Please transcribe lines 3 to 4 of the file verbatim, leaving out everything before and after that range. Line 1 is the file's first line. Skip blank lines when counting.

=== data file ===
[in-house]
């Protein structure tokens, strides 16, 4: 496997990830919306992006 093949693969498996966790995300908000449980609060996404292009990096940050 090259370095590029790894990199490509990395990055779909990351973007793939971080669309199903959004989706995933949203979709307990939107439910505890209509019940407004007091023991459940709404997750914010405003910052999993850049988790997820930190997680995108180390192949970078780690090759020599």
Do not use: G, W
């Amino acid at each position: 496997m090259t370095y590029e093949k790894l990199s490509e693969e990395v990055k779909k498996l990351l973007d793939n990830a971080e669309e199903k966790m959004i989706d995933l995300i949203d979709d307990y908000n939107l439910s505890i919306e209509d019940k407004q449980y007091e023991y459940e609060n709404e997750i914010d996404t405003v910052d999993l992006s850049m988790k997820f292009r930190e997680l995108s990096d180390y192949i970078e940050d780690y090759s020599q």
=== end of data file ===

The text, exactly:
Do not use: G, W
């Amino acid at each position: 496997m090259t370095y590029e093949k790894l990199s490509e693969e990395v990055k779909k498996l990351l973007d793939n990830a971080e669309e199903k966790m959004i989706d995933l995300i949203d979709d307990y908000n939107l439910s505890i919306e209509d019940k407004q449980y007091e023991y459940e609060n709404e997750i914010d996404t405003v910052d999993l992006s850049m988790k997820f292009r930190e997680l995108s990096d180390y192949i970078e940050d780690y090759s020599q």